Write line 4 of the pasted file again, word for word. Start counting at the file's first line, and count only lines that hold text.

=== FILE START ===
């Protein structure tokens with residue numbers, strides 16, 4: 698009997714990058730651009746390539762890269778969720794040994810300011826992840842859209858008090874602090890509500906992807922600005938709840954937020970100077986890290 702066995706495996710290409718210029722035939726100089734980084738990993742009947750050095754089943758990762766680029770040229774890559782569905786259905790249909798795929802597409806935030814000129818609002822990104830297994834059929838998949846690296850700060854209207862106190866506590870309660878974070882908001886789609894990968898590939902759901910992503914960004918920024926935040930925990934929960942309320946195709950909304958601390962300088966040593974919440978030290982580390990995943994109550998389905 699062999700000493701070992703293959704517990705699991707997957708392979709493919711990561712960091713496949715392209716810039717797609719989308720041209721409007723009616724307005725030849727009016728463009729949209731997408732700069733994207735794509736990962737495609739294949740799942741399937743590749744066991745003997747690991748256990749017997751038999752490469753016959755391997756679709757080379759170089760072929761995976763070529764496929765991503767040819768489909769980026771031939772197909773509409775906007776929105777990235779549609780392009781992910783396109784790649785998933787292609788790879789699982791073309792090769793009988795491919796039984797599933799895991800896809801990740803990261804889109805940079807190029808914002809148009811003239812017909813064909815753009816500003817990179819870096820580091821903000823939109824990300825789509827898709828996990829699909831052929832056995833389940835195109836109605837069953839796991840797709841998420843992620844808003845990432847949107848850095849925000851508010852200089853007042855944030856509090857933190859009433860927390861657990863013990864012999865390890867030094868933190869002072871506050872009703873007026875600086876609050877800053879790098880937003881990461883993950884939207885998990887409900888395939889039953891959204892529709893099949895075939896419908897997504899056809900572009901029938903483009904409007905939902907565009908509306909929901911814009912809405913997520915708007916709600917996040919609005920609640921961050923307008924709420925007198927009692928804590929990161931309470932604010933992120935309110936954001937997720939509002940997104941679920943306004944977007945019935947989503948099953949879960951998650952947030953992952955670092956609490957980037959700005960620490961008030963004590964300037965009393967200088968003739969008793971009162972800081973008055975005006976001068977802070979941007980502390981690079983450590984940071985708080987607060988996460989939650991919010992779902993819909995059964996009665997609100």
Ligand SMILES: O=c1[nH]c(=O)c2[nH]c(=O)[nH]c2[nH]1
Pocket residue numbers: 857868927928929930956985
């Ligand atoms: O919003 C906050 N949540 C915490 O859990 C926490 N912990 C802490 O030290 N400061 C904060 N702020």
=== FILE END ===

């Ligand atoms: O919003 C906050 N949540 C915490 O859990 C926490 N912990 C802490 O030290 N400061 C904060 N702020």